I want to pause here to acknowledge that I know the genders could be reversed. I know that the man in the relationship could just as easily be upset about the Muslim Ban as a woman could. I know that many of the issues of the era aren’t gender-specific. I know that a man could get riled up/heartbroken just as a woman could not want to talk about it and enjoy life. And because I didn’t usually speak up, I don’t know what this man was feeling. But I do know what a lot of women are feeling. And I know that a lot of these women have a hard time expressing what they are feeling, more often to their men than to their girlfriends. And so it continues, in a million tiny ways.
I met a man who told me about a game he plays with his five-year-old daughter (who happens to share my name). He said that when she comes home from school they sometimes play “Katherine’s in control” where she can decide what they do for ten minutes: TV, snacks, whatever. And I know she’s five years old and this is a game, but the idea pissed me off. Maybe because I had just read “Good and Mad: The Revolutionary Power of Women’s Anger,” or because my name is also Katherine. But this Katherine doesn’t want to be in control for just ten minutes. This Katherine wants to be in control all the time. This Katherine doesn’t want a man to tell her when she gets to do what she wants to do. Even though it’s a somewhat playful metaphor I am sharing it with you, reader, because I don’t think I would have had this stream of thoughts three years ago. It wouldn’t have even occurred to me.
I don’t want to hate men. I’d like to love them. Or really, I liked to love just one. Just one would be enough. But sometimes I can’t even be in the same room with some of them. Sometimes years of mansplaining, misogyny, and accepted but inappropriate behavior swirl around me in a fury that I just try to keep breathing. And yup, I’m sure these little furies, these little earthquakes, find their way into my dates. Nobody wants to be an “angry woman,” but dammit guys, we are pissed off. And we don’t always know what to do about it.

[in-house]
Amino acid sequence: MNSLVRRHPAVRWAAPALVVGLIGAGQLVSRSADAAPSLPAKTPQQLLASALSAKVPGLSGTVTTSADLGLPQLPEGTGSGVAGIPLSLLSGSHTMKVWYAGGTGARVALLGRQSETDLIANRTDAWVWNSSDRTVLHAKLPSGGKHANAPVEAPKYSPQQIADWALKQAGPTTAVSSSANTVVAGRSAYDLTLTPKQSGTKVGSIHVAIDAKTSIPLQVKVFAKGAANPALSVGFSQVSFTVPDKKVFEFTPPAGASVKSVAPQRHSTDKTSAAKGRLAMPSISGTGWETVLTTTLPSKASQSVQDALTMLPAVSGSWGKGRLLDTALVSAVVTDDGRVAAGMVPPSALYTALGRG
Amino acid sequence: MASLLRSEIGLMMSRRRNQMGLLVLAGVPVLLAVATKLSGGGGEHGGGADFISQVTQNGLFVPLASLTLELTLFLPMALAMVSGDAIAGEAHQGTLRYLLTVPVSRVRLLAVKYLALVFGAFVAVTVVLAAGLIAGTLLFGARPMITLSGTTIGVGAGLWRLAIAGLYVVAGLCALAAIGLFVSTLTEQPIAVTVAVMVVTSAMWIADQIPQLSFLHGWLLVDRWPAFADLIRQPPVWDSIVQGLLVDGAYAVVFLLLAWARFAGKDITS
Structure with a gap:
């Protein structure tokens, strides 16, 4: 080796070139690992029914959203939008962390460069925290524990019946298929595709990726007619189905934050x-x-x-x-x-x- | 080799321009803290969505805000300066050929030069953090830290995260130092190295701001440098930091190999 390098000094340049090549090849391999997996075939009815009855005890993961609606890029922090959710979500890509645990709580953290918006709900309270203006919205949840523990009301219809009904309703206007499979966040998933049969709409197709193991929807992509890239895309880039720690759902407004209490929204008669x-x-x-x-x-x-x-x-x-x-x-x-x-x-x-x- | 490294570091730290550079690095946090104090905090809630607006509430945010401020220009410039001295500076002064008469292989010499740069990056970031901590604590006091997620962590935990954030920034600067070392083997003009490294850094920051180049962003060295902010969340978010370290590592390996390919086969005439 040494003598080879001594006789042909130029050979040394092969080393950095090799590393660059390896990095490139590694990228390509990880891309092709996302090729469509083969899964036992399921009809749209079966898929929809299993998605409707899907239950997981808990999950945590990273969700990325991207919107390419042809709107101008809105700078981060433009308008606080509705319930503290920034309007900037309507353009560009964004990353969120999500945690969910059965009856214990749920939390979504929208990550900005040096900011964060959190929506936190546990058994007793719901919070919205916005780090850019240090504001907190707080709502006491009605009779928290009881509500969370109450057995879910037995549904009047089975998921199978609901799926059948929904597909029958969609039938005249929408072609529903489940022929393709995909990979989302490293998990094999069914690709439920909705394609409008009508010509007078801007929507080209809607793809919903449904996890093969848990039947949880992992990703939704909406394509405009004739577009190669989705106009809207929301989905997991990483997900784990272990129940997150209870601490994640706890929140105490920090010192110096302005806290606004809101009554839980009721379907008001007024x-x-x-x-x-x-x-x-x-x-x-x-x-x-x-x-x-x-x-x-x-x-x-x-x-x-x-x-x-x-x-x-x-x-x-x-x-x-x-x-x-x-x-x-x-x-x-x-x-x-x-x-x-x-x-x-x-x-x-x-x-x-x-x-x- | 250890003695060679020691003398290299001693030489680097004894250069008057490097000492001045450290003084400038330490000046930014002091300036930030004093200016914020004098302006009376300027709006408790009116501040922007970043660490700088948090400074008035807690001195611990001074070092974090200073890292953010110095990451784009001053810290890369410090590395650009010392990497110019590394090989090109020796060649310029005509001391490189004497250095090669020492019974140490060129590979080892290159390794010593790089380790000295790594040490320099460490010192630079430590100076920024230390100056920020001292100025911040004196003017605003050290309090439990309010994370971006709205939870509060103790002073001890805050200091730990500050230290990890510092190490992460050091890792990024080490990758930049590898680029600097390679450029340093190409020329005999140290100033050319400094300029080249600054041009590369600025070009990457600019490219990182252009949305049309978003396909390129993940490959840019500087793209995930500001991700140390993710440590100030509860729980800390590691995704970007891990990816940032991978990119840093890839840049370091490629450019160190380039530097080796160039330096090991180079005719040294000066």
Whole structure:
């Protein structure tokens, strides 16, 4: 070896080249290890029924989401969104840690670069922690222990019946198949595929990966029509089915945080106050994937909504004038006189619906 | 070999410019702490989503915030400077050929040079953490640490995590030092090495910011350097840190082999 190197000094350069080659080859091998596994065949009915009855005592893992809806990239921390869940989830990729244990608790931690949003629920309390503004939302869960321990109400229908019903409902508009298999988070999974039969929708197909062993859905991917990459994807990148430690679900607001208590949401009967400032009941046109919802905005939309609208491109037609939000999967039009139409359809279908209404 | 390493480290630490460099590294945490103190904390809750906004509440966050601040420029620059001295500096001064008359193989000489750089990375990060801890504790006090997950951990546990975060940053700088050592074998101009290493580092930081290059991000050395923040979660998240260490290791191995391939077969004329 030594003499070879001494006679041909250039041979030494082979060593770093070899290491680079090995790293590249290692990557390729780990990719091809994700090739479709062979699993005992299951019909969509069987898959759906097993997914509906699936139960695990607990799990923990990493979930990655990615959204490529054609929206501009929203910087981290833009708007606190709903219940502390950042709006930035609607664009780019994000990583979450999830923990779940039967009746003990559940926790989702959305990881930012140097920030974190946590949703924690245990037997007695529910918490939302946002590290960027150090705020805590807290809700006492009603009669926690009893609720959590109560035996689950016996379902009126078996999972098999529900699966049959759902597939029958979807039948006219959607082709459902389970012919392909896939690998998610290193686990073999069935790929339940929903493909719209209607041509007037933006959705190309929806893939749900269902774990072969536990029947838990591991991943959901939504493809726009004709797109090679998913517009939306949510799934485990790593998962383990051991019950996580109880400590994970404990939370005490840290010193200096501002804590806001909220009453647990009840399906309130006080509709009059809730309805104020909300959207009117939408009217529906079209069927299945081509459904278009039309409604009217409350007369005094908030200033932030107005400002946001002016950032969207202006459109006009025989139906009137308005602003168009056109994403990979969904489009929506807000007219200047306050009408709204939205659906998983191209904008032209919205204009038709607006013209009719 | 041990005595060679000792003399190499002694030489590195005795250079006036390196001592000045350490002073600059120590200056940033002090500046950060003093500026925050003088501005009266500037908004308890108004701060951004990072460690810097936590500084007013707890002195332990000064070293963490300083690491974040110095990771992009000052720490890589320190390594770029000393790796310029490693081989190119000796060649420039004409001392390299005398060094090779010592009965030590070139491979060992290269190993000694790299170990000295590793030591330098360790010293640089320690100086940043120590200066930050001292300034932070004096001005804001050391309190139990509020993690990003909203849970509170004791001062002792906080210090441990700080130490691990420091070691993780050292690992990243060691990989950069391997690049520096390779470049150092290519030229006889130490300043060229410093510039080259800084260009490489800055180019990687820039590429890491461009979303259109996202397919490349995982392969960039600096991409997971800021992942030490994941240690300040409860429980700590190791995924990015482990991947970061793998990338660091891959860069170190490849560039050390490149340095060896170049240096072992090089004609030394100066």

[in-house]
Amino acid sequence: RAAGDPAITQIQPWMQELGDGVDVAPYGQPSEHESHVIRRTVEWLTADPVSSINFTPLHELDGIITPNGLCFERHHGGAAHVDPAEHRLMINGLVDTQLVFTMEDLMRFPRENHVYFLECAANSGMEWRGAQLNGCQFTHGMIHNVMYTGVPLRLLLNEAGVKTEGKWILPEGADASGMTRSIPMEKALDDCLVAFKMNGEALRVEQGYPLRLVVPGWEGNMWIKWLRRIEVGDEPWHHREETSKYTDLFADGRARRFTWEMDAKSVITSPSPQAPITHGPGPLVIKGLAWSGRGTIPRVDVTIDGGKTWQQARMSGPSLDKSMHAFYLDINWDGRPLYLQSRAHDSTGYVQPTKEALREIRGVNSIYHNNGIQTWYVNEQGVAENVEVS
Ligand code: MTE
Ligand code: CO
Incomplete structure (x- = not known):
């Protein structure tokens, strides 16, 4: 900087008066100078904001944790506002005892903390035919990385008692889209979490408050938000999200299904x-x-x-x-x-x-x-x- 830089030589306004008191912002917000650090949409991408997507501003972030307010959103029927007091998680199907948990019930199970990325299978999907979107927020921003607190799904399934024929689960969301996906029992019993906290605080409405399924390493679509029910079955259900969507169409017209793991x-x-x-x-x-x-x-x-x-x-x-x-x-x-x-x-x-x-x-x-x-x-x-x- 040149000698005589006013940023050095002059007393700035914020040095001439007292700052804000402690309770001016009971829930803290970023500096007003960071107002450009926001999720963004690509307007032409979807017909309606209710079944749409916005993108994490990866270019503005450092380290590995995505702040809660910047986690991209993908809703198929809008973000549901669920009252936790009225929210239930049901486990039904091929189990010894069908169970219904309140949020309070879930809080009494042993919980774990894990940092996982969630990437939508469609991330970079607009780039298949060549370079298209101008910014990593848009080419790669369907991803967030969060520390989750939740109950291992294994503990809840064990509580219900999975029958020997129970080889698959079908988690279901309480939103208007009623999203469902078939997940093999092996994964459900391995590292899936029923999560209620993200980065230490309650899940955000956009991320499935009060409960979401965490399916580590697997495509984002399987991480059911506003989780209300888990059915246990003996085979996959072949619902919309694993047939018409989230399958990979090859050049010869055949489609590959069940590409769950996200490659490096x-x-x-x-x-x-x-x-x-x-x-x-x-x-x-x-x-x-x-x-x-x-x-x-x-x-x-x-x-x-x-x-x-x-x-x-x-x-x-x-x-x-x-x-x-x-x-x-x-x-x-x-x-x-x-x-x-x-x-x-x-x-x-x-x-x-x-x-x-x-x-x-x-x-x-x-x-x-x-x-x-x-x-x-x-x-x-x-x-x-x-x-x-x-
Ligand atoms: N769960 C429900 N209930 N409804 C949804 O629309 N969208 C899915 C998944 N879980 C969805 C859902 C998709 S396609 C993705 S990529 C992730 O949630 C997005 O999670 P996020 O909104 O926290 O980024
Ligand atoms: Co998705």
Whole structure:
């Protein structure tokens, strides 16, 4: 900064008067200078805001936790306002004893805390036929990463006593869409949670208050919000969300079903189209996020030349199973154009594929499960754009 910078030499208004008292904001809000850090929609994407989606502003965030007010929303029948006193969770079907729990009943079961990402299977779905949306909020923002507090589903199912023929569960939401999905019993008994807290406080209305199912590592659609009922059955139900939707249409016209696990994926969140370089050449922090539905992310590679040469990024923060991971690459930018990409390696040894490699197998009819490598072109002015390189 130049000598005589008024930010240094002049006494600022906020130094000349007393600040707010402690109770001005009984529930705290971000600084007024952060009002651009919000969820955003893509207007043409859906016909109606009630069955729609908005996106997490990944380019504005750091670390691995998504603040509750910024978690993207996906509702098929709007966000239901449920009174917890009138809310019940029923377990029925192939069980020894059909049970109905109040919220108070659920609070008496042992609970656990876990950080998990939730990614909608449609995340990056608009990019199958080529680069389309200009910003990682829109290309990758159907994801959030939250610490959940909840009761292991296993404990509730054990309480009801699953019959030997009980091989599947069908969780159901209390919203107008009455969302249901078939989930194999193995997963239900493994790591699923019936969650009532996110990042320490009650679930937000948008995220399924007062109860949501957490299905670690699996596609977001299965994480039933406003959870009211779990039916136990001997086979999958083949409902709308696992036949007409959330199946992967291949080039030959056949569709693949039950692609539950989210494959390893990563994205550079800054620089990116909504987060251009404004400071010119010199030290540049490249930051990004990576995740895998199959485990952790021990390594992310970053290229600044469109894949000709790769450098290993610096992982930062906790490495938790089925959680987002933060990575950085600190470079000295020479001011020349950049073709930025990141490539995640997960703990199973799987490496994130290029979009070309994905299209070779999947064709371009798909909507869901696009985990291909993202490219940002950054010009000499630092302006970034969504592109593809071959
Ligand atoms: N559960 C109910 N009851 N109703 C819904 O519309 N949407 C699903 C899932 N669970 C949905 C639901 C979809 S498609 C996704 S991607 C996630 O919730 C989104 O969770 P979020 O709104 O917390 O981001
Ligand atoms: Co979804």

I’ve seen an online dating profile that said “Trump is one of our worst presidents, but he’s not Hitler.” I ruled him out because of that. Not because I’m sure he’s wrong—though he very well could be—but because a man who is sure Trump isn’t Hitler probably isn’t the man for me. I’ve also seen a profile that included a photo of the guy at the Women’s March. This man, flanked by his female friends and their pink signs, suddenly became infinitely more attractive to me.
I am not writing this not to accuse men of being insensitive. They are learning to be there for women just as women are learning to speak up. I am also not accusing my ex of being insensitive. Maybe he was, maybe he wasn’t. Maybe he didn’t even know I was mad and sad. Maybe he wanted to reach out to me each time Trump fired his shots because he was upset too, but he didn’t think I was upset so he didn’t reach out. Or maybe he didn’t know how to reach out, just as I didn’t know how to speak up. Maybe he and his new girlfriend give money to Planned Parenthood. Maybe he puts his arm around her while she bemoans the gender pay gap. Maybe. But this isn’t about him. It’s about me. It’s about women. I am writing because dating in the Trump era is different than dating before it. And I would like to say to women of any relationship status that if sometimes you feel mad and sad about the state of the world, I hear you. I see you. It is a different time. And the rage and despair of this different time creeps into every aspect of our lives, especially our relationships. I didn’t know how to say those words before. But I do now.
And apparently, I’m not alone. Rebecca Traister quotes in “Good and Mad: The Revolutionary Power of Women's Anger”:
Men literally have no idea how to even legitimately recognize or name our anger—largely because we don’t either. This is new territory for everybody. Women’s rage has been so sublimated for so long that there’s simply no frame for what happens when it finally comes to the surface. —Sara Robinson
Yes! Now I see that many women are feeling unprecedented rage. And we don’t always know how to express these feelings. And even if we do express them, men often don’t know what to do. But I don’t feel sorry for these men. I don’t feel sorry for them in the same way that I can’t feel sorry for myself for not knowing how to speak up. I’ve got to figure it out. I’ve got to figure out how to say, “I’m sad today” or “I’m angry today.” And then, men, you’ve got to figure it out too—even if it doesn’t align with your sex drive or your plans. You’ve got to hold space for your women’s emotions just as we have been holding space for yours for thousands of years.
I am writing because I want to encourage women to be truthful, in the simplest way. I want women to say to their men, “I am angry. I feel sad today. Can you hear me?”
… and some women—God bless you, Julia Sugarbaker/ Dixie Carter—have been saying this for a long time.